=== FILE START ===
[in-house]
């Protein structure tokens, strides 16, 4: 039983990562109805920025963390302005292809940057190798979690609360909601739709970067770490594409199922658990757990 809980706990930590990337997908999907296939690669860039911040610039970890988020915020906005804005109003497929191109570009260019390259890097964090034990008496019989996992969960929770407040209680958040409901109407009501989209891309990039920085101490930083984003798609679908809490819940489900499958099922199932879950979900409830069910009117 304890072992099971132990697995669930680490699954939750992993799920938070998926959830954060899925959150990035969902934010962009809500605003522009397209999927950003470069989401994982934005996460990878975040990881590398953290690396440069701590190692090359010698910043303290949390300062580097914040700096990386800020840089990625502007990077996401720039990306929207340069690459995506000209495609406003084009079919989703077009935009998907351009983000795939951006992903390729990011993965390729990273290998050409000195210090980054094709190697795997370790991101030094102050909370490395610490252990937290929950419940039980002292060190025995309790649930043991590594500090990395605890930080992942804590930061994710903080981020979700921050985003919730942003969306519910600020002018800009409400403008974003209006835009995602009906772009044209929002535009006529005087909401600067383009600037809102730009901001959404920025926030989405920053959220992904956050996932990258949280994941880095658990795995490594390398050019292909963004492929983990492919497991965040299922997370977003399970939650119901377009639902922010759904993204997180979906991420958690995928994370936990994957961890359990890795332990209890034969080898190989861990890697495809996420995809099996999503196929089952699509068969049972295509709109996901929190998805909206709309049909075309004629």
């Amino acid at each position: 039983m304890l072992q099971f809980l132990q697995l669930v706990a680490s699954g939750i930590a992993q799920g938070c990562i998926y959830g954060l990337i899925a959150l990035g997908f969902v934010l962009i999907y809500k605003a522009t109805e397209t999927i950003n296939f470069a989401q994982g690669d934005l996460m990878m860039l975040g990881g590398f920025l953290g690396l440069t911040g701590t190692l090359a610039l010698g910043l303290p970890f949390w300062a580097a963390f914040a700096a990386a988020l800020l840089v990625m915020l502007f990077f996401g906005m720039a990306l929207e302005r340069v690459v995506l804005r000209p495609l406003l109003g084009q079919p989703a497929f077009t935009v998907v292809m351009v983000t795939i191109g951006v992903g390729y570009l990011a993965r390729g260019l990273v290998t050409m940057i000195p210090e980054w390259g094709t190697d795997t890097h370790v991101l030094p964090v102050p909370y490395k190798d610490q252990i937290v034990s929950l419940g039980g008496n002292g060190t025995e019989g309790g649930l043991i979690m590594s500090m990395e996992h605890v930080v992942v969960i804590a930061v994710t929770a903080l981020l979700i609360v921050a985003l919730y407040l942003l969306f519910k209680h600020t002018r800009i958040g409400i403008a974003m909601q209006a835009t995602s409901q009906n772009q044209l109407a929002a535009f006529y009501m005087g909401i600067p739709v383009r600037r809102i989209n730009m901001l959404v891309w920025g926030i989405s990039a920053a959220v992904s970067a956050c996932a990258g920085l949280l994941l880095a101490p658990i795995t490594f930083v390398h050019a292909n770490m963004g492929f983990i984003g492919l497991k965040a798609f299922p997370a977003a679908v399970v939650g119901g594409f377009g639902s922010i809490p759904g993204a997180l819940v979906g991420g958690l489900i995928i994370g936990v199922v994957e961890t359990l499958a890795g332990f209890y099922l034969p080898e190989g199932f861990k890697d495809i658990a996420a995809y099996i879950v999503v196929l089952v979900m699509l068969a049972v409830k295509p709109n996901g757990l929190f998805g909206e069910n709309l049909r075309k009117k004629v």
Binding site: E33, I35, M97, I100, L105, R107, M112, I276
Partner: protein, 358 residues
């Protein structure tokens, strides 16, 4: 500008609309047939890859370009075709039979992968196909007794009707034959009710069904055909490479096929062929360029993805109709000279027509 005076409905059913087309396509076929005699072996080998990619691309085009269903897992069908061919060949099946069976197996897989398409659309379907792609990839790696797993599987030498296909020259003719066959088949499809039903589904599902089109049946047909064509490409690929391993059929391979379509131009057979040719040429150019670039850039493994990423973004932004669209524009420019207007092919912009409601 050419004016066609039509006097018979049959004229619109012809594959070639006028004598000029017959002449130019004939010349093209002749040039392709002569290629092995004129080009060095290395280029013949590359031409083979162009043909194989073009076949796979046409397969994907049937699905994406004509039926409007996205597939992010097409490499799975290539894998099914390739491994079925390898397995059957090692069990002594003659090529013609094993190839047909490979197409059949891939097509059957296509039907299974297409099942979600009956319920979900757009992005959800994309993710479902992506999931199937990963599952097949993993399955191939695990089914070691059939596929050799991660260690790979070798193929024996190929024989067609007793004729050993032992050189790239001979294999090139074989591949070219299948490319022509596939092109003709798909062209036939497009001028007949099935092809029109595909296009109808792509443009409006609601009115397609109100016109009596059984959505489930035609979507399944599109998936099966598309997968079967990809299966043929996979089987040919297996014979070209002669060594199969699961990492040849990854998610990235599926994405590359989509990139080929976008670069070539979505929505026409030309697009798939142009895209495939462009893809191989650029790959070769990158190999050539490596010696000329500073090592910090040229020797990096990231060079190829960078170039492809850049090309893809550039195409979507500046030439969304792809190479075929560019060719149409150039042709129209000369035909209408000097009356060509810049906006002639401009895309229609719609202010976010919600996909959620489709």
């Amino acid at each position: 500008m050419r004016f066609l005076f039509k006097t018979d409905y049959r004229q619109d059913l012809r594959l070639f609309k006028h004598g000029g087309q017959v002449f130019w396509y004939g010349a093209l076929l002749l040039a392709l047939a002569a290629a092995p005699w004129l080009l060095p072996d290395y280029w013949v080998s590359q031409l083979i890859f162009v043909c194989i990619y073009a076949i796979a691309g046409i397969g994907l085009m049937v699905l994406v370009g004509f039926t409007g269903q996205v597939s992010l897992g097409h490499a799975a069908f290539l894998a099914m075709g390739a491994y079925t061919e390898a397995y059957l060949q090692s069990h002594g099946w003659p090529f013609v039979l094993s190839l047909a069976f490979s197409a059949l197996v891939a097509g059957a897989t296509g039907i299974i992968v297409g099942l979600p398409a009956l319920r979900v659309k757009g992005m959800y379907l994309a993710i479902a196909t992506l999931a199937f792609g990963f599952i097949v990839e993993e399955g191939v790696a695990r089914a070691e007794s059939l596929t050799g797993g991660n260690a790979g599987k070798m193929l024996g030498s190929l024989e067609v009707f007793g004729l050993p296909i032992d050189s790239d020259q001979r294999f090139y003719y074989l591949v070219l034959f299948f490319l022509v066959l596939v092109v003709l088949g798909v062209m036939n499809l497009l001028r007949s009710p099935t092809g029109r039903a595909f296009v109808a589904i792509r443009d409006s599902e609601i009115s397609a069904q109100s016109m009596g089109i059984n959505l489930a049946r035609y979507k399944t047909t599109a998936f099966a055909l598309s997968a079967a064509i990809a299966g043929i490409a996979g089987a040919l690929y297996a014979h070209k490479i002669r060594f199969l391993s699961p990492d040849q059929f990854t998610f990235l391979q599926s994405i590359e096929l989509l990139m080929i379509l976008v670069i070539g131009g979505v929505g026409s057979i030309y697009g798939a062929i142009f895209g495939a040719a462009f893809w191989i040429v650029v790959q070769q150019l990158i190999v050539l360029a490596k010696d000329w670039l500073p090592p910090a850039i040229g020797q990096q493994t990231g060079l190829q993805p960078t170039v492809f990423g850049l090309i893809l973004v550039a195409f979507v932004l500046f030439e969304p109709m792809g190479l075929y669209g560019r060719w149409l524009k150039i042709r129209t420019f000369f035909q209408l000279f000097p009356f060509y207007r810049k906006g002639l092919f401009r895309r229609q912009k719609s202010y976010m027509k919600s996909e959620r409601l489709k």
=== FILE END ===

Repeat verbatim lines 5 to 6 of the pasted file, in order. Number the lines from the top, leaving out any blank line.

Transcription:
Partner: protein, 358 residues
């Protein structure tokens, strides 16, 4: 500008609309047939890859370009075709039979992968196909007794009707034959009710069904055909490479096929062929360029993805109709000279027509 005076409905059913087309396509076929005699072996080998990619691309085009269903897992069908061919060949099946069976197996897989398409659309379907792609990839790696797993599987030498296909020259003719066959088949499809039903589904599902089109049946047909064509490409690929391993059929391979379509131009057979040719040429150019670039850039493994990423973004932004669209524009420019207007092919912009409601 050419004016066609039509006097018979049959004229619109012809594959070639006028004598000029017959002449130019004939010349093209002749040039392709002569290629092995004129080009060095290395280029013949590359031409083979162009043909194989073009076949796979046409397969994907049937699905994406004509039926409007996205597939992010097409490499799975290539894998099914390739491994079925390898397995059957090692069990002594003659090529013609094993190839047909490979197409059949891939097509059957296509039907299974297409099942979600009956319920979900757009992005959800994309993710479902992506999931199937990963599952097949993993399955191939695990089914070691059939596929050799991660260690790979070798193929024996190929024989067609007793004729050993032992050189790239001979294999090139074989591949070219299948490319022509596939092109003709798909062209036939497009001028007949099935092809029109595909296009109808792509443009409006609601009115397609109100016109009596059984959505489930035609979507399944599109998936099966598309997968079967990809299966043929996979089987040919297996014979070209002669060594199969699961990492040849990854998610990235599926994405590359989509990139080929976008670069070539979505929505026409030309697009798939142009895209495939462009893809191989650029790959070769990158190999050539490596010696000329500073090592910090040229020797990096990231060079190829960078170039492809850049090309893809550039195409979507500046030439969304792809190479075929560019060719149409150039042709129209000369035909209408000097009356060509810049906006002639401009895309229609719609202010976010919600996909959620489709």